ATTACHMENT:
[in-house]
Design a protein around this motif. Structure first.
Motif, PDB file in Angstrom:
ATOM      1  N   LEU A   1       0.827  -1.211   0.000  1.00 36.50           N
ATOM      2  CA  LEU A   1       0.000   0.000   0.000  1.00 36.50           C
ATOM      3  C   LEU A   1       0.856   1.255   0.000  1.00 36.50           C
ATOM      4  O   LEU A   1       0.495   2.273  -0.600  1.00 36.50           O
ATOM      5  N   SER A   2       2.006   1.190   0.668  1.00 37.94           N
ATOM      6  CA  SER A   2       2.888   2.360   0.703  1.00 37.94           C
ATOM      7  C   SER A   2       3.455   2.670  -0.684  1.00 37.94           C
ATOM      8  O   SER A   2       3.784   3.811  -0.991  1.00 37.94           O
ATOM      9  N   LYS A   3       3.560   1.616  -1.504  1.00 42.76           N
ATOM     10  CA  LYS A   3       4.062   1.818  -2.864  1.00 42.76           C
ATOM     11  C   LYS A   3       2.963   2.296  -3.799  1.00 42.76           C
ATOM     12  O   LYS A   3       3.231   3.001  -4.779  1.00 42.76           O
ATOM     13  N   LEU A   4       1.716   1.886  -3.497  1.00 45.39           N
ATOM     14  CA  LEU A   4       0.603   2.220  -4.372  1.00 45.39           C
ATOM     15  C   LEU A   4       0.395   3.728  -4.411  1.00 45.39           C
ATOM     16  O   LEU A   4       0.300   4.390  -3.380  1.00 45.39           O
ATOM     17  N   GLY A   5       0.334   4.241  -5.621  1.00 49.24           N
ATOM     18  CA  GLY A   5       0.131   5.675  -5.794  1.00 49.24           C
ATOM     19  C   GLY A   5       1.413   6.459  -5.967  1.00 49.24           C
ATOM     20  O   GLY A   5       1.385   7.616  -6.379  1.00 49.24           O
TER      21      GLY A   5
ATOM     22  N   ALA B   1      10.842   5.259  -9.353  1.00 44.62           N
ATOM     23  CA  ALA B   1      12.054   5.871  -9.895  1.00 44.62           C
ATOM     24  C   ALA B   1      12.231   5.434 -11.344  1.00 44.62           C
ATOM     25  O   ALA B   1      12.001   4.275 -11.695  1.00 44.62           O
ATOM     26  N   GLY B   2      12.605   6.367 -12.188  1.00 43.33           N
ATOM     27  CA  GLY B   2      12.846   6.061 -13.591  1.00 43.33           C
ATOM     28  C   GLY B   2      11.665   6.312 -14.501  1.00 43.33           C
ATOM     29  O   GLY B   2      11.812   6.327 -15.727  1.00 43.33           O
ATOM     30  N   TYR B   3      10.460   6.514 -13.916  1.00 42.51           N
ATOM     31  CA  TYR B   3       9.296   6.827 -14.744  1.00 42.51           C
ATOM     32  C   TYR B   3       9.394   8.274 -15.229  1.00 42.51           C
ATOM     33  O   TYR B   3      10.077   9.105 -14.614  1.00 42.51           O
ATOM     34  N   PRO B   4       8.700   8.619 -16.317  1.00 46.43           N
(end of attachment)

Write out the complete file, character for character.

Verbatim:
[in-house]
Design a protein around this motif. Structure first.
Motif, PDB file in Angstrom:
ATOM      1  N   LEU A   1       0.827  -1.211   0.000  1.00 36.50           N
ATOM      2  CA  LEU A   1       0.000   0.000   0.000  1.00 36.50           C
ATOM      3  C   LEU A   1       0.856   1.255   0.000  1.00 36.50           C
ATOM      4  O   LEU A   1       0.495   2.273  -0.600  1.00 36.50           O
ATOM      5  N   SER A   2       2.006   1.190   0.668  1.00 37.94           N
ATOM      6  CA  SER A   2       2.888   2.360   0.703  1.00 37.94           C
ATOM      7  C   SER A   2       3.455   2.670  -0.684  1.00 37.94           C
ATOM      8  O   SER A   2       3.784   3.811  -0.991  1.00 37.94           O
ATOM      9  N   LYS A   3       3.560   1.616  -1.504  1.00 42.76           N
ATOM     10  CA  LYS A   3       4.062   1.818  -2.864  1.00 42.76           C
ATOM     11  C   LYS A   3       2.963   2.296  -3.799  1.00 42.76           C
ATOM     12  O   LYS A   3       3.231   3.001  -4.779  1.00 42.76           O
ATOM     13  N   LEU A   4       1.716   1.886  -3.497  1.00 45.39           N
ATOM     14  CA  LEU A   4       0.603   2.220  -4.372  1.00 45.39           C
ATOM     15  C   LEU A   4       0.395   3.728  -4.411  1.00 45.39           C
ATOM     16  O   LEU A   4       0.300   4.390  -3.380  1.00 45.39           O
ATOM     17  N   GLY A   5       0.334   4.241  -5.621  1.00 49.24           N
ATOM     18  CA  GLY A   5       0.131   5.675  -5.794  1.00 49.24           C
ATOM     19  C   GLY A   5       1.413   6.459  -5.967  1.00 49.24           C
ATOM     20  O   GLY A   5       1.385   7.616  -6.379  1.00 49.24           O
TER      21      GLY A   5
ATOM     22  N   ALA B   1      10.842   5.259  -9.353  1.00 44.62           N
ATOM     23  CA  ALA B   1      12.054   5.871  -9.895  1.00 44.62           C
ATOM     24  C   ALA B   1      12.231   5.434 -11.344  1.00 44.62           C
ATOM     25  O   ALA B   1      12.001   4.275 -11.695  1.00 44.62           O
ATOM     26  N   GLY B   2      12.605   6.367 -12.188  1.00 43.33           N
ATOM     27  CA  GLY B   2      12.846   6.061 -13.591  1.00 43.33           C
ATOM     28  C   GLY B   2      11.665   6.312 -14.501  1.00 43.33           C
ATOM     29  O   GLY B   2      11.812   6.327 -15.727  1.00 43.33           O
ATOM     30  N   TYR B   3      10.460   6.514 -13.916  1.00 42.51           N
ATOM     31  CA  TYR B   3       9.296   6.827 -14.744  1.00 42.51           C
ATOM     32  C   TYR B   3       9.394   8.274 -15.229  1.00 42.51           C
ATOM     33  O   TYR B   3      10.077   9.105 -14.614  1.00 42.51           O
ATOM     34  N   PRO B   4       8.700   8.619 -16.317  1.00 46.43           N